The Yankees got another run in the ninth when Gardner and Granderson conspired to speed around the bases. Old man Derek Jeter tried to join them, but couldn’t leg out an infield hit. Still, his dribbler advanced Gardner to second. For there Gardner stole third and scored when Granderson won a tough battle with fireballer Matt Capps and dumped a single into center.

With a 5-2 lead headed into the bottom of the ninth inning, Mariano Rivera came in with more margin for error that he has had lately. He didn’t need it. Mauer’s a great hitter and I look forward to his at bats against Mariano. He really just can’t get comfortable up there. He managed a single as he fisted it into left field, but I think the confusion remains. Delmon Young rapped into a 6-4-3 and Mariano retired Jim Thome on a pop out to left to end the game for a second night in a row. The Yankees won 5-2 [3] and now lead the ALDS two games to none. How about the positioning of Gardner on that play? Jim Thome’s farts go more than 300 feet, and yet there was Brett, perfectly placed, hugging the line in shallow left. I bet Jim Thome gets a hit on that ball 99% of the time.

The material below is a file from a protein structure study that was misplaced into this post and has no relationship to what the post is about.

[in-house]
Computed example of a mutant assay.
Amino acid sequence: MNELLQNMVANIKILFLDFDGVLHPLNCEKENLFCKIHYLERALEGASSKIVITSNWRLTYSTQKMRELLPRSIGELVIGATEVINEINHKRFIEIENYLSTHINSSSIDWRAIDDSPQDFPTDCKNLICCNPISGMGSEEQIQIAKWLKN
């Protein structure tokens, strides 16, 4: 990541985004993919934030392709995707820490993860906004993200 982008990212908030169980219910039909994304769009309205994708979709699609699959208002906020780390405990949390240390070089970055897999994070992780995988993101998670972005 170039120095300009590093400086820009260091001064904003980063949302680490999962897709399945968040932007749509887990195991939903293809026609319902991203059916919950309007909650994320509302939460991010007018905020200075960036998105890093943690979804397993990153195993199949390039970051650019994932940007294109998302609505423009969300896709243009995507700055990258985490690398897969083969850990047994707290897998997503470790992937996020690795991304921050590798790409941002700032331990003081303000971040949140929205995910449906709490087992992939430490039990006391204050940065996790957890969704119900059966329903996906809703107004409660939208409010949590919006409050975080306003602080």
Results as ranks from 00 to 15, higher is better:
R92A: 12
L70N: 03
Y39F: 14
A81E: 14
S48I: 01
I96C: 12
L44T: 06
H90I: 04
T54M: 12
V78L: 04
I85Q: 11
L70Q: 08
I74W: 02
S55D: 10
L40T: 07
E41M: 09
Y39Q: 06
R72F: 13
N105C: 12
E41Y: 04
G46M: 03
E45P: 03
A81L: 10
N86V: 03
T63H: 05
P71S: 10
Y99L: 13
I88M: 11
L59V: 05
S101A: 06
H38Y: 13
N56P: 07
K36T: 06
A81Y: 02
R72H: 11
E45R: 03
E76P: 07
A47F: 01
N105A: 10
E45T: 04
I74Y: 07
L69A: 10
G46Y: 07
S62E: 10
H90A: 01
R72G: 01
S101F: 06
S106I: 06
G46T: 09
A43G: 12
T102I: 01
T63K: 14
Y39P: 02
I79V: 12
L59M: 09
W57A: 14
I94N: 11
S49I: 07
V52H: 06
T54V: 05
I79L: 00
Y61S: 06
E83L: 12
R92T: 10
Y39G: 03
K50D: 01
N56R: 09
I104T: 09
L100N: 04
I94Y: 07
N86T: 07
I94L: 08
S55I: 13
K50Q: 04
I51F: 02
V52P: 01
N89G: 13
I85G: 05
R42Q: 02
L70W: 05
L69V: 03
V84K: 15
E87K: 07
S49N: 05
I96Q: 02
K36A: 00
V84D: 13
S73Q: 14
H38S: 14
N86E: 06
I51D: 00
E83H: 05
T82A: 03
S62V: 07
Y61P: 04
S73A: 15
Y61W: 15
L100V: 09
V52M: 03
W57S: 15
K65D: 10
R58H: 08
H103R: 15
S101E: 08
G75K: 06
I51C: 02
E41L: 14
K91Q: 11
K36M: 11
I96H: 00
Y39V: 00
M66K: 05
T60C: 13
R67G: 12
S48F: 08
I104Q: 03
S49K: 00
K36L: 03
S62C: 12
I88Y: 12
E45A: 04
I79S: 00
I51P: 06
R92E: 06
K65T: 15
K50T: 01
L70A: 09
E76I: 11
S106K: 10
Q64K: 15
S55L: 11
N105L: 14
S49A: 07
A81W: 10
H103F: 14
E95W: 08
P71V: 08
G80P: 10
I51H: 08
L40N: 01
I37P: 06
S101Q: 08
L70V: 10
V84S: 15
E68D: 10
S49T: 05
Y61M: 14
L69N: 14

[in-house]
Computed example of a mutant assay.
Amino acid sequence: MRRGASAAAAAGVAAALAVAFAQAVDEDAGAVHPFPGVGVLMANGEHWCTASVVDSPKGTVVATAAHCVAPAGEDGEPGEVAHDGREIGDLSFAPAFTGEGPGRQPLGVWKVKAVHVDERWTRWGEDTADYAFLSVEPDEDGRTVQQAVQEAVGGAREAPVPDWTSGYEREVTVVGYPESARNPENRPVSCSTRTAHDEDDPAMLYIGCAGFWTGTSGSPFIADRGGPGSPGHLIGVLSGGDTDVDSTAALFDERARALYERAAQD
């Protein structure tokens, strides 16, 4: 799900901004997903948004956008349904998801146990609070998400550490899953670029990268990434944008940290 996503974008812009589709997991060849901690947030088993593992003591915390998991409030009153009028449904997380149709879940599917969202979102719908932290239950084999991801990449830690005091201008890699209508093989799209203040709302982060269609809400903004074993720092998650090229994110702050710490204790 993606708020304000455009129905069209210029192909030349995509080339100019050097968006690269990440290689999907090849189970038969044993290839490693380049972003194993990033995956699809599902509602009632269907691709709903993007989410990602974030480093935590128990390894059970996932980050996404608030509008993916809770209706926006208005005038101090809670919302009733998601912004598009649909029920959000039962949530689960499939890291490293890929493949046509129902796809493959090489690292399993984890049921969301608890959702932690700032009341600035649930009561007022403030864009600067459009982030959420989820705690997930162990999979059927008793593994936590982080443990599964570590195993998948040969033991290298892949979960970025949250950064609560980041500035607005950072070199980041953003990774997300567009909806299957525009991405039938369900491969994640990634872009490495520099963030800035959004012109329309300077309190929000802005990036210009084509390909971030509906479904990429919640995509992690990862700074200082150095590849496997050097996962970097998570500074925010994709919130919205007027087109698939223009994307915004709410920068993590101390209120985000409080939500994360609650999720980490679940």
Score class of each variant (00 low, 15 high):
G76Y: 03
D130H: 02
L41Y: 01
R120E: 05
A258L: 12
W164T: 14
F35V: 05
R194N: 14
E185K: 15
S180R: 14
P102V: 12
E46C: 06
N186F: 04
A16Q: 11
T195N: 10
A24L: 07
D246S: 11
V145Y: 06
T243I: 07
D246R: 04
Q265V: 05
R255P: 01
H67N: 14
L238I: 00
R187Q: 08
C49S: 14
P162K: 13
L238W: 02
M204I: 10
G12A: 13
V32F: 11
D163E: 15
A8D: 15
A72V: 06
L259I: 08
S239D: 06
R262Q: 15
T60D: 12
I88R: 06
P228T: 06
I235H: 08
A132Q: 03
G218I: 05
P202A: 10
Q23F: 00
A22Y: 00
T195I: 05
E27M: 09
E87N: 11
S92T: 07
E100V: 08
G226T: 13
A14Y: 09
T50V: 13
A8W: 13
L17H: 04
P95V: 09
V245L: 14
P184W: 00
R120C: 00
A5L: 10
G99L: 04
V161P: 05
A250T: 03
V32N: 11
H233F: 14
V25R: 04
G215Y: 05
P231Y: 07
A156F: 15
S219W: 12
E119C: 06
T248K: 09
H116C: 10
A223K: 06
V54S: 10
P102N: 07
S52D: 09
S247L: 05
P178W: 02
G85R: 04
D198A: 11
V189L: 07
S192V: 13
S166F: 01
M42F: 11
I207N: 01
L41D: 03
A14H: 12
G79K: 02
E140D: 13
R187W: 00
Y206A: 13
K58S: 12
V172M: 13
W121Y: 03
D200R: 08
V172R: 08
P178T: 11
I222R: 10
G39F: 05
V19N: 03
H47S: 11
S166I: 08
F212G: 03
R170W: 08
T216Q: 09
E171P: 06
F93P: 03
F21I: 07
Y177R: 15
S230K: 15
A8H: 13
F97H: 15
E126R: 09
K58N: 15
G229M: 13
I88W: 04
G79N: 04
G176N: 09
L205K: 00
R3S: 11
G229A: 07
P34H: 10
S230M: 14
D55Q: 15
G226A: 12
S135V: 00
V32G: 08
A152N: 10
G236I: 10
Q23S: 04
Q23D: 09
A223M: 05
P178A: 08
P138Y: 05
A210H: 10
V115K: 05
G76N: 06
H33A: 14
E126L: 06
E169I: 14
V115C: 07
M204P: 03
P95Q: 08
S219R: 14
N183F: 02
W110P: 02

Before the series, I was assigned the “Why the Twins Will Beat The Yankees” article. I thought the Twins had something special brewing in Minnesota, and I wasn’t sold on Andy Pettitte’s health. But with CC, Andy, Mariano and Wood throwing darts, and a deep, powerful lineup with newcomers Curtis Granderson and Lance Berkman getting big hits, this Yankee team is superior to the Twins and they have showed it. This series is not over, but the Yankees have put themselves in the best possible position to advance. Phil Hughes will start the biggest game of his life in game 3, but with a lot less pressure on him than could have been. Can’t wait.


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[1] Image: http://bronxbanter.arneson.name/wordpress/wp-content/uploads/2010/10/i.jpeg

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[3] 5-2: http://sports.yahoo.com/mlb/boxscore;_ylt=AiVZ0Zx8NOwaVCjWf1W1dwMRvLYF?gid=301007109